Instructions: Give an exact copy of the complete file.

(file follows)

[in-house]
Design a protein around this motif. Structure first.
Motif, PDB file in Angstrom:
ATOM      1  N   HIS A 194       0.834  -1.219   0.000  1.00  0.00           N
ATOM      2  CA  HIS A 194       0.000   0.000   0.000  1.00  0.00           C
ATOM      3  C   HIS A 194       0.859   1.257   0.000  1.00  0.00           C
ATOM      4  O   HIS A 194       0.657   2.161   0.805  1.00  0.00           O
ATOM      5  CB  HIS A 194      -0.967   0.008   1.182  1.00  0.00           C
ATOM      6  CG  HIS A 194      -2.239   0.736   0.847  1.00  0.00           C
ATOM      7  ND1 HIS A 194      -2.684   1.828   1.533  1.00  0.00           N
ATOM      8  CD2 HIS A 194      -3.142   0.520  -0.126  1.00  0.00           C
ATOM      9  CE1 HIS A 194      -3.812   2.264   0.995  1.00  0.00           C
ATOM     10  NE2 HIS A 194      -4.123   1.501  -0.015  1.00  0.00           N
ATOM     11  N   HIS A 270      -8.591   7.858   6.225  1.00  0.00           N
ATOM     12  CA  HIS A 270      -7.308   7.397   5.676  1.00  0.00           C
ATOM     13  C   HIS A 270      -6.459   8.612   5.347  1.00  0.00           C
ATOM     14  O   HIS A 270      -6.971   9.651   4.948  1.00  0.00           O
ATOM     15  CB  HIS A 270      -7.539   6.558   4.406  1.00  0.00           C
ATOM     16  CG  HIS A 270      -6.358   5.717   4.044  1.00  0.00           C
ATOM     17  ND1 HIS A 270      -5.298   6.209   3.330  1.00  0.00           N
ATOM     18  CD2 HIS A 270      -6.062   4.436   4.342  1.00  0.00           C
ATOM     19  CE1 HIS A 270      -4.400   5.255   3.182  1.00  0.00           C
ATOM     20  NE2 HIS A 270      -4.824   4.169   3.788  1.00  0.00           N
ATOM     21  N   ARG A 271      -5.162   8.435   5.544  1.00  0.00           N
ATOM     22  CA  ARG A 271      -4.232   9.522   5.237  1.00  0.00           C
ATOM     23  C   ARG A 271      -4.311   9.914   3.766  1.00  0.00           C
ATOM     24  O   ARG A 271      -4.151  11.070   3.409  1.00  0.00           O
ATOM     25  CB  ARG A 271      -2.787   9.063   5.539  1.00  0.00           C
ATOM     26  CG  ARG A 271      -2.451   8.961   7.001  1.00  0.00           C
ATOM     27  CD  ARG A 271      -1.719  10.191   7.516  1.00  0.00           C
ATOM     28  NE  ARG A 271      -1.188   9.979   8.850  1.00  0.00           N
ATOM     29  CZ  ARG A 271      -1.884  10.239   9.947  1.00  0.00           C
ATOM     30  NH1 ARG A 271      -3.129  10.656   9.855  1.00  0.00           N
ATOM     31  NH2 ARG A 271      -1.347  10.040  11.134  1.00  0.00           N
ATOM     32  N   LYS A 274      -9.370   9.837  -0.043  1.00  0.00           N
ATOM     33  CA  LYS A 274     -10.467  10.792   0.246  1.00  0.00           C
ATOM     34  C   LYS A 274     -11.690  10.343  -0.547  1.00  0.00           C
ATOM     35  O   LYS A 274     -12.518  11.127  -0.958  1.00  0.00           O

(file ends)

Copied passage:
[in-house]
Design a protein around this motif. Structure first.
Motif, PDB file in Angstrom:
ATOM      1  N   HIS A 194       0.834  -1.219   0.000  1.00  0.00           N
ATOM      2  CA  HIS A 194       0.000   0.000   0.000  1.00  0.00           C
ATOM      3  C   HIS A 194       0.859   1.257   0.000  1.00  0.00           C
ATOM      4  O   HIS A 194       0.657   2.161   0.805  1.00  0.00           O
ATOM      5  CB  HIS A 194      -0.967   0.008   1.182  1.00  0.00           C
ATOM      6  CG  HIS A 194      -2.239   0.736   0.847  1.00  0.00           C
ATOM      7  ND1 HIS A 194      -2.684   1.828   1.533  1.00  0.00           N
ATOM      8  CD2 HIS A 194      -3.142   0.520  -0.126  1.00  0.00           C
ATOM      9  CE1 HIS A 194      -3.812   2.264   0.995  1.00  0.00           C
ATOM     10  NE2 HIS A 194      -4.123   1.501  -0.015  1.00  0.00           N
ATOM     11  N   HIS A 270      -8.591   7.858   6.225  1.00  0.00           N
ATOM     12  CA  HIS A 270      -7.308   7.397   5.676  1.00  0.00           C
ATOM     13  C   HIS A 270      -6.459   8.612   5.347  1.00  0.00           C
ATOM     14  O   HIS A 270      -6.971   9.651   4.948  1.00  0.00           O
ATOM     15  CB  HIS A 270      -7.539   6.558   4.406  1.00  0.00           C
ATOM     16  CG  HIS A 270      -6.358   5.717   4.044  1.00  0.00           C
ATOM     17  ND1 HIS A 270      -5.298   6.209   3.330  1.00  0.00           N
ATOM     18  CD2 HIS A 270      -6.062   4.436   4.342  1.00  0.00           C
ATOM     19  CE1 HIS A 270      -4.400   5.255   3.182  1.00  0.00           C
ATOM     20  NE2 HIS A 270      -4.824   4.169   3.788  1.00  0.00           N
ATOM     21  N   ARG A 271      -5.162   8.435   5.544  1.00  0.00           N
ATOM     22  CA  ARG A 271      -4.232   9.522   5.237  1.00  0.00           C
ATOM     23  C   ARG A 271      -4.311   9.914   3.766  1.00  0.00           C
ATOM     24  O   ARG A 271      -4.151  11.070   3.409  1.00  0.00           O
ATOM     25  CB  ARG A 271      -2.787   9.063   5.539  1.00  0.00           C
ATOM     26  CG  ARG A 271      -2.451   8.961   7.001  1.00  0.00           C
ATOM     27  CD  ARG A 271      -1.719  10.191   7.516  1.00  0.00           C
ATOM     28  NE  ARG A 271      -1.188   9.979   8.850  1.00  0.00           N
ATOM     29  CZ  ARG A 271      -1.884  10.239   9.947  1.00  0.00           C
ATOM     30  NH1 ARG A 271      -3.129  10.656   9.855  1.00  0.00           N
ATOM     31  NH2 ARG A 271      -1.347  10.040  11.134  1.00  0.00           N
ATOM     32  N   LYS A 274      -9.370   9.837  -0.043  1.00  0.00           N
ATOM     33  CA  LYS A 274     -10.467  10.792   0.246  1.00  0.00           C
ATOM     34  C   LYS A 274     -11.690  10.343  -0.547  1.00  0.00           C
ATOM     35  O   LYS A 274     -12.518  11.127  -0.958  1.00  0.00           O